If your audience doesn’t know who you are, there’s a good chance you’re not sure who you are either. And when you don’t know who you are or what your message is, you’ll find it difficult to create content.

 

If your audience doesn’t know who you are, there’s a good chance you’re not sure who you are either. (<<< click to tweet!)

 

It wasn’t until I knew exactly what my business message was that I found it easy to create blog content. As soon as I knew who I was talking to and what I wanted to say to them, creating blog posts was a simple process. I used to agonize over topics for days, rushing to write the actual post the day before it was scheduled to be published, but now, I usually have my blog content created a month in advance.

If your message isn’t clear, stop writing blog posts. Yes, seriously. It’s worth it to take a few weeks or even a month off from creating new content in order to hone in on exactly what your blog’s purpose is. Be upfront with your audience about this decision. Let them know you’re taking a blog hiatus for X amount of time, then use that time to decide what exactly you want your blog to be.

Who do you want to help? Why do you want to help them? How can you help them?

The answers to these questions will help you start your new blog plan.

 

confidence 1

You Don’t Feel Like an Expert

 

Maybe you know exactly what your message and your purpose is, but you’re not sure you have what it takes to step in and really help your audience.

The Problem:

You’re stuck on the term, “expert.” But here’s the thing with that word—it’s ambiguous. It’s relative. And it shouldn’t stand in the way of your confidence. Because really, you don’t need to be an expert—not in the traditional sense. You don’t need 25 years of experience in a field before you can start teaching others about your topic.

When I started teaching at one of our local colleges, I had just graduated college myself. Most of my students were older than me, and at the time, I didn’t even have my Master’s—was I really qualified to teach? Yes. Because my students had never taken English 101. My students didn’t know how to write a standard academic essay. Most of my students had never studied poetry. So I was expert enough to teach them these subjects because I knew these subjects inside and out. I had studied them enough that I was able to teach them to others.

 

I knew enough to guide my students from Point A to Point B, and that’s all I needed to do. (<<< tweet that!)

 

The Fix:

That’s all you need to be able to do too. What do you wish you had known three months ago? Can you teach that to others? Because there are people out there who are where you were three months ago. That’s Point A. Where you are now is Point B, and you can get those who are at Point A to Point B.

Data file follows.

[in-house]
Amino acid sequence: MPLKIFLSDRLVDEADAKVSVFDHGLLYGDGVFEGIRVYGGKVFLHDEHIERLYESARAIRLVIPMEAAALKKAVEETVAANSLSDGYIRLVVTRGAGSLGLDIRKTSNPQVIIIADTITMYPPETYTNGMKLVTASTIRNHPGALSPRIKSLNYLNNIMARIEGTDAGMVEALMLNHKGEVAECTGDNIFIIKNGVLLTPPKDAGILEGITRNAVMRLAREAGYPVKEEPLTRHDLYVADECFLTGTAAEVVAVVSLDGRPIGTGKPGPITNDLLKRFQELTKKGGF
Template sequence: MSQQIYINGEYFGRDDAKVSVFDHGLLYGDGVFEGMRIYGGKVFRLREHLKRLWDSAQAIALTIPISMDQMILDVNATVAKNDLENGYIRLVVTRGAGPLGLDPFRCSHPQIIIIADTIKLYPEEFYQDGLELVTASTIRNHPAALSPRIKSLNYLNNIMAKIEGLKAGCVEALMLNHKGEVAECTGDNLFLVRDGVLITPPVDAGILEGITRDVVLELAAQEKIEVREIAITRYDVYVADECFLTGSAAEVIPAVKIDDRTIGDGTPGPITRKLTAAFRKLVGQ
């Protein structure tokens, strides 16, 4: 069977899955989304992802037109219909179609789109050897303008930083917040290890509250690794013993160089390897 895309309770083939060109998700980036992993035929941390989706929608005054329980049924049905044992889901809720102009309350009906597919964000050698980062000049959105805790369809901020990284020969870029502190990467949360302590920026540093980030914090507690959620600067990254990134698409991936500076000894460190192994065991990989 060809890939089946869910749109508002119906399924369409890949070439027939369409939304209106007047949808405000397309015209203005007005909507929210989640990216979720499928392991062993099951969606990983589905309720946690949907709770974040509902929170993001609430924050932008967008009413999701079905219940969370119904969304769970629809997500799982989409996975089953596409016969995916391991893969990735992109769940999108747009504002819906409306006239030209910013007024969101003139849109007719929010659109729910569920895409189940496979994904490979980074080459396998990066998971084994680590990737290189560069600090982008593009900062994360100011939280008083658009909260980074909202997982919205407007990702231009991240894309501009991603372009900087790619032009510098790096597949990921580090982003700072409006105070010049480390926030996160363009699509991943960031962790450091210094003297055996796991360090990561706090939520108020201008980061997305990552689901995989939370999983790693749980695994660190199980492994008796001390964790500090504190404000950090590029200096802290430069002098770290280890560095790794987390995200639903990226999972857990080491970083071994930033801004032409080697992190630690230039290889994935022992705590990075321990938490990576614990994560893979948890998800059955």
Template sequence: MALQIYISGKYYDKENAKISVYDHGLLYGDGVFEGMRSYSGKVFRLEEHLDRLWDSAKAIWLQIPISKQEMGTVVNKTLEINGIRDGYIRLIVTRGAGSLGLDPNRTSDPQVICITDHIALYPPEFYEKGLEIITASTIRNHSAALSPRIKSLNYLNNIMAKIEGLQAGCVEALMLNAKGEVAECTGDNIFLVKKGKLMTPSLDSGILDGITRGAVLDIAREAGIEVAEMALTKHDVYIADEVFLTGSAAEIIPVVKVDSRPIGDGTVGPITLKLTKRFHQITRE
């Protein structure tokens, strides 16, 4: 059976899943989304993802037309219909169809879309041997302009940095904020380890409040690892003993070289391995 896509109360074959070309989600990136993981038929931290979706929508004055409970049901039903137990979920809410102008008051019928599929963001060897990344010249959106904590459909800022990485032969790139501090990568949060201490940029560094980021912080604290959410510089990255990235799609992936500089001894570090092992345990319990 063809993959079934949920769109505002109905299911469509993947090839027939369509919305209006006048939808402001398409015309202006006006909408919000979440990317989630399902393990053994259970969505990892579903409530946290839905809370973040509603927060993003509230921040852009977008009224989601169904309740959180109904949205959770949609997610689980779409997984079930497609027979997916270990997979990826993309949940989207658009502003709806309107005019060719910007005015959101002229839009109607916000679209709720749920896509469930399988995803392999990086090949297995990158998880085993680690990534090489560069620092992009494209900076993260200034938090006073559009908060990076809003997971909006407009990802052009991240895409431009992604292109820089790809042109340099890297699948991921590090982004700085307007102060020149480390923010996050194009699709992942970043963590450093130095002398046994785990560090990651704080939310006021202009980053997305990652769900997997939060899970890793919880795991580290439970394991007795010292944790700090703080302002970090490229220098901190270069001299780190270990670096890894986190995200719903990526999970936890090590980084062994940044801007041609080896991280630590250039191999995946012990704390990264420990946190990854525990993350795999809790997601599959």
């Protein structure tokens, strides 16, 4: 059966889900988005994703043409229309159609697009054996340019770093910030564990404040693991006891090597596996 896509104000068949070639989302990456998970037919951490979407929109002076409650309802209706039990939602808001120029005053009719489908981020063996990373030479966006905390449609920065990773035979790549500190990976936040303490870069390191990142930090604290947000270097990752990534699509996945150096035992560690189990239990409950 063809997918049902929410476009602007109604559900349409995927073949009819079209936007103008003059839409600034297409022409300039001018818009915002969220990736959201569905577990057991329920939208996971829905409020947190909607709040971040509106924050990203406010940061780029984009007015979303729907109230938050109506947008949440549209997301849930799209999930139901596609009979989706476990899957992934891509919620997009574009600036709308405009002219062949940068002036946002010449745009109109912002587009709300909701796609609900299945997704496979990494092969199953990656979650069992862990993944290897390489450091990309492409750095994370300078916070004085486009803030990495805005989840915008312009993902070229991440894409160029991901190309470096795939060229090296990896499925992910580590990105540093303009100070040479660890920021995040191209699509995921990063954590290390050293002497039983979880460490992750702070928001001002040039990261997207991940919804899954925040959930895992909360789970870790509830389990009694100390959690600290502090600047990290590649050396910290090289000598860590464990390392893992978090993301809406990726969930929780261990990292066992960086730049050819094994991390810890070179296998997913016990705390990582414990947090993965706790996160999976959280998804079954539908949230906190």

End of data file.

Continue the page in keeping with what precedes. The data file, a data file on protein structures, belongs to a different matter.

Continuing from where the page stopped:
Instead of seeing yourself as an “expert,” start seeing yourself as someone who can help others accomplish __fill in the blank___. What can you do right now that others would benefit from? What can you teach someone right now? How can you improve someone’s life, home, business, mindset, etc. right now?

  • Identify Point A
  • Identify Point B
  • Construct the bridge and connect Points A and B
  • Use that bridge to develop blog post ideas + content!

 

confidence 2

You’re Writing About A Topic You’re Unfamiliar With

 

  • You’ve never blogged before, but you’re going to start a blog on blogging.
  • You specialize in Twitter, but Facebook groups are hot right now, so you’re going to start blogging about Facebook groups.
  • You’ve never owned your own business but you want to be a business coach. 

The Problem:

You don’t have confidence in writing about your niche because you don’t have experience in your niche. There’s nothing wrong with wanting to do something new, but if you are diving into a brand new niche/field, the best thing to do is focus on learning and becoming an “expert”  before you start teaching others how to do something you’re unfamiliar with.

Remember what we said earlier, though: you can be and expert in just a few months.

When I started writing fiction, I made the choice self-publish, so I was reading a lot about self-publishing. This information slowly made its way into my blog posts on my author website, but the problem was, I still hadn’t self-published. Having never experienced self-publishing, I wasn’t the right person to help out other authors who were interested in self-publishing. I quickly ran out of blog content and keeping up that blog become overwhelming.

The Fix:

It wasn’t until I had successfully self-published my first novel that I felt confident enough to write more blog posts about this subject.

Lesson learned: I had to experience my topic before I could write blog posts about it.

 

You need experience and knowledge in your topic before you can start writing blog posts about it. (<<< click to tweet!)

 

If you’re in a similar situation, worry less about blogging and focus more on learning. You can always blog about your learning journey. Instead of trying to inform readers about your topic, do round up posts about what you are studying, how you are consuming the information, and what you are learning.

The “fake it until you make it” advice doesn’t work with blogging. Readers will see right through you if you’re bullshitting them.

If you want to build a sustainable blog and business, you need an audience who trusts you. Always be upfront with your audience. If you’re a beginner, let them know. And in 3-6 months when you’ve learned X, you’ll be able to turn around and how that audience exactly how they can accomplish X too.

 

 

You shouldn’t have to spend days thinking up new content and struggling to create it. When you don’t have a clear picture in front of you, that’s what happens.